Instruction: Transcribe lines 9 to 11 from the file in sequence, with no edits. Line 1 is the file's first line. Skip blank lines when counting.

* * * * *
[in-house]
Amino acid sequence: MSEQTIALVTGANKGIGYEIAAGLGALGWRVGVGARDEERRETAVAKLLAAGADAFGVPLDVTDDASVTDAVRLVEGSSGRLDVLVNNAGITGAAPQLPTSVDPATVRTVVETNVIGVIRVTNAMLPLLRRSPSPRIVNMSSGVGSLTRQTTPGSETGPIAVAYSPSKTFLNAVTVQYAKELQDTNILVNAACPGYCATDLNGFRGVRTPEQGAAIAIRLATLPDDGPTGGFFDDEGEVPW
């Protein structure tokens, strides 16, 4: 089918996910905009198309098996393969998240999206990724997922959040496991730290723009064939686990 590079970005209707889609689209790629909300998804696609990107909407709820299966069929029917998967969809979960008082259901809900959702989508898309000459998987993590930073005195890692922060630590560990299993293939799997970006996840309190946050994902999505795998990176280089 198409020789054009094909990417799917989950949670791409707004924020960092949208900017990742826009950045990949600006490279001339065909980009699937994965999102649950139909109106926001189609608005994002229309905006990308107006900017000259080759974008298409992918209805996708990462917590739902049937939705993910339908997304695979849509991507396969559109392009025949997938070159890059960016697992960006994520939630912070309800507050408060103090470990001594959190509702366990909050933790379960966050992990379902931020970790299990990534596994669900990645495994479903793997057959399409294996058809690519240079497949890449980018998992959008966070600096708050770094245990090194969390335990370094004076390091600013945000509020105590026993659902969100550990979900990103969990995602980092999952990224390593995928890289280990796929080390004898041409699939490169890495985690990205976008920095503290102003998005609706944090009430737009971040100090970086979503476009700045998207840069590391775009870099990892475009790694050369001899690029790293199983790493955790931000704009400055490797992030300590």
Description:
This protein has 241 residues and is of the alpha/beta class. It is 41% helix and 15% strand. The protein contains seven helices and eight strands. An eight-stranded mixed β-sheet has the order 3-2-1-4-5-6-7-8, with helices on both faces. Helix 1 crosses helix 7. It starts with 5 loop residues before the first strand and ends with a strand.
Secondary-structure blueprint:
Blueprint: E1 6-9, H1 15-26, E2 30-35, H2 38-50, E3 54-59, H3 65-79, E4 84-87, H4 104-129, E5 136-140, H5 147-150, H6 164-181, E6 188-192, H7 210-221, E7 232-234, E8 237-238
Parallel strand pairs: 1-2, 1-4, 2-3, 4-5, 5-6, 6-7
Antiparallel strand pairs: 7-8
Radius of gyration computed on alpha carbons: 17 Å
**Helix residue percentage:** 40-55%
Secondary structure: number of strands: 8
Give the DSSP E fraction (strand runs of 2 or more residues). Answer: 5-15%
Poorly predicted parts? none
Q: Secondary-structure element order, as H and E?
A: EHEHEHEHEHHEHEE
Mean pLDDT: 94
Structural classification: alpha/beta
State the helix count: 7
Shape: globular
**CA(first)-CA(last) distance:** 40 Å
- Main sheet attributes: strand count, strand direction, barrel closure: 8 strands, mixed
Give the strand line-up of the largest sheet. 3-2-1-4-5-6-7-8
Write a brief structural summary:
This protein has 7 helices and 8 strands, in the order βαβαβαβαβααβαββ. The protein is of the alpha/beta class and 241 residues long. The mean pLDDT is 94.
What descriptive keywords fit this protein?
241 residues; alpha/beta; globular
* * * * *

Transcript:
Antiparallel strand pairs: 7-8
Radius of gyration computed on alpha carbons: 17 Å
**Helix residue percentage:** 40-55%